Ranting to create change

Last Thursday I was invited to a National Development and Planning Commission (NDPC) meeting for all the Planning and Budget Officers in the Northern Region here in Tamale. The NDPC is a national-level ministry with a mandate “to advise the President of Ghana on national development planning policy and strategy” and “to coordinate and regulate the decentralized national development planning system”. It is an interesting body, with respect to decentralization – districts are being given more independence through decentralization to create plans and budget to suit their specific needs and challenges, and yet are given the templates and timelines on how to do so from the national level through the NDPC.

I always enjoy going to these meetings – there is lots to learn about how the national level is trying to engage or support districts, a chance to reconnect with the Planners we work with across the region and get a change from sitting in front of my computer at the office. I jumped at the chance.

The meeting was a “harmonization meeting” for the district Medium Term Development Plans (MTDP is a four year development plan that each district creates and forms the long term planning structure at the district). I was soon to find out that ‘harmonization’ means lining up all the activities in ones’ MTDP to line up with national-level focus areas, thematic areas, strategies (don’t ask me what the difference between all of these are…). I could see why the NDPC in Accra would find this activity useful – if districts line up their activities and budget lines with common focus areas, then they can be aggregated at the regional level and then again at the national level. National level can then analyze where the country is spending money for development. I sighed and wondered what the value is for the district to ‘harmonize’ their plans to national level standards. I come from a very district-centric point of view and cried a little bit inside thinking about fuel and money that had brought the 40 officers to Tamale, cried for the time that could be otherwise spent at the district actually implementing these MTDPs instead of harmonizing them.

But the worst was coming… the facilitator soon put up Microsoft Word tables templates in which this harmonization would happen! Just about everyone that knows me, will know that I have a personal vendetta against Word tables. Tables are meant for Excel! Even more so in this case, the region would have to aggregate twenty district Word tables into one. And then what? How do you analyze data in a Word table? How do you add columns of budget in WORD? I moaned.

Word template for harmonization

harmonization2

At mid-morning break, I took some time to chat with the Regional Planning Officers that I work with and went on a small rant about the format of the templates, and questioned if they wouldn’t be better suited in an Excel format. They both nodded their heads and agreed, aggregating all the data would be much easier if it was in Excel. Together we sighed and I assumed that was the end of that discussion. I wondered how the system could start changing so that all of district, regional and national interests were designed for.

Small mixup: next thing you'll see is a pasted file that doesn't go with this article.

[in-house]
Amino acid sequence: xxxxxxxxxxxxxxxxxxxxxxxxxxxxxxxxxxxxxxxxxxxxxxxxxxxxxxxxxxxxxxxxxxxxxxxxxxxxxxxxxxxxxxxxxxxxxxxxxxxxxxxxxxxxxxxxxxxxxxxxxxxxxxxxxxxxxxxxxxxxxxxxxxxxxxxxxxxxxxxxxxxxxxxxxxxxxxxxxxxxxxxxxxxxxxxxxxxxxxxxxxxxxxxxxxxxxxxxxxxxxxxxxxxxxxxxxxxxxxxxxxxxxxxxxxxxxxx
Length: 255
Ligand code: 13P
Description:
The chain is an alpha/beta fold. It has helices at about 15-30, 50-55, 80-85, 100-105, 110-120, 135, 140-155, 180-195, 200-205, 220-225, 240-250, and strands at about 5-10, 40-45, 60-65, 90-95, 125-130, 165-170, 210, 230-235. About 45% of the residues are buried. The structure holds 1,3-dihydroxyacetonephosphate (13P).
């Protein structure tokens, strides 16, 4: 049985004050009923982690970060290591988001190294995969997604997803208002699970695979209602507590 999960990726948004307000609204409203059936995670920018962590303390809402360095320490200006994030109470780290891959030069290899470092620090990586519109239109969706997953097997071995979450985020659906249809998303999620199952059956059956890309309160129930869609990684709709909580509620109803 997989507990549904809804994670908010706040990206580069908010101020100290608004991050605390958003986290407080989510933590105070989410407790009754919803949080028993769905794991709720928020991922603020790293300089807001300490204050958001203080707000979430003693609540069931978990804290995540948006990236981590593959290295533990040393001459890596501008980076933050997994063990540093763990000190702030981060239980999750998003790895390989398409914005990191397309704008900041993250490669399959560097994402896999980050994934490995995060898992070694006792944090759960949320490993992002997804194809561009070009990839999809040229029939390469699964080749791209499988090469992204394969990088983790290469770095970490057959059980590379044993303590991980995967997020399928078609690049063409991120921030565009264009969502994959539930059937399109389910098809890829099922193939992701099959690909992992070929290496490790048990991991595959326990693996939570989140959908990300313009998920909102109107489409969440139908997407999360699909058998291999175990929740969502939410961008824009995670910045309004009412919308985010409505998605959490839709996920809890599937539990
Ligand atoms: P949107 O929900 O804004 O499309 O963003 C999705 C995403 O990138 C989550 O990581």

I went back to sit through the rest of the meeting, cringing at the though of all those officers filling in useless templates.

Suddenly I was tapped on my shoulder. I turned around to see one of the Regional Planners holding a USB key and excitedly telling me to quickly whip up an Excel template – maybe we could get the template changed mid-meeting. Excited I got to work and replicated the Word tables in Excel including drop down menus for the stock-answer columns to save typing and together we approached the national NDPC facilitator. To my surprise, he was supportive and saw the advantages of an Excel-based template.

Excel template

harmonization3

I was able to present the new template to the group (speaking too quickly, as usual) and give district officers the choice of using the Excel or Word-based template. Some officers are just more comfortable in Word, and I can’t forget that, but more than half switched to the Excel template that will be a lot easier to analyze and save probably hours of work for the district and region.

I never would have guessed that a national level template would be permitted to be changed mid-meeting, but maybe decentralization is really becoming institutionalized – districts and regions are starting to push back and demand what is useful for them, versus just doing what comes down from the national pipeline. I was incredibly impressed with the district planners that were demanding my USB key with the new template before I was finished explaining; impressed with my regional level colleagues who didn’t just roll their eyes at a bad template, who turned a snack-time conversation into immediate action and had the guts to ask for a change mid-meeting; and impressed with the national NDPC facilitator who was adaptable enough to allow a new template to be introduced. Ghana civil servants really, really impressed me that day. It was inspiring.

I certainly learned that if I see something that could be changed for the better, speak up! rant a little! – and see what kind of change follows.

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One thought on “Ranting to create change

  1. Awesome. This made my day – after two seriously frustrating meetings yesterday with the main outcomes of “we need to plan another meeting” (one of these for the 4th time in a row!!!), I’m so encouraged to hear a story like this. Thanks for sharing it!

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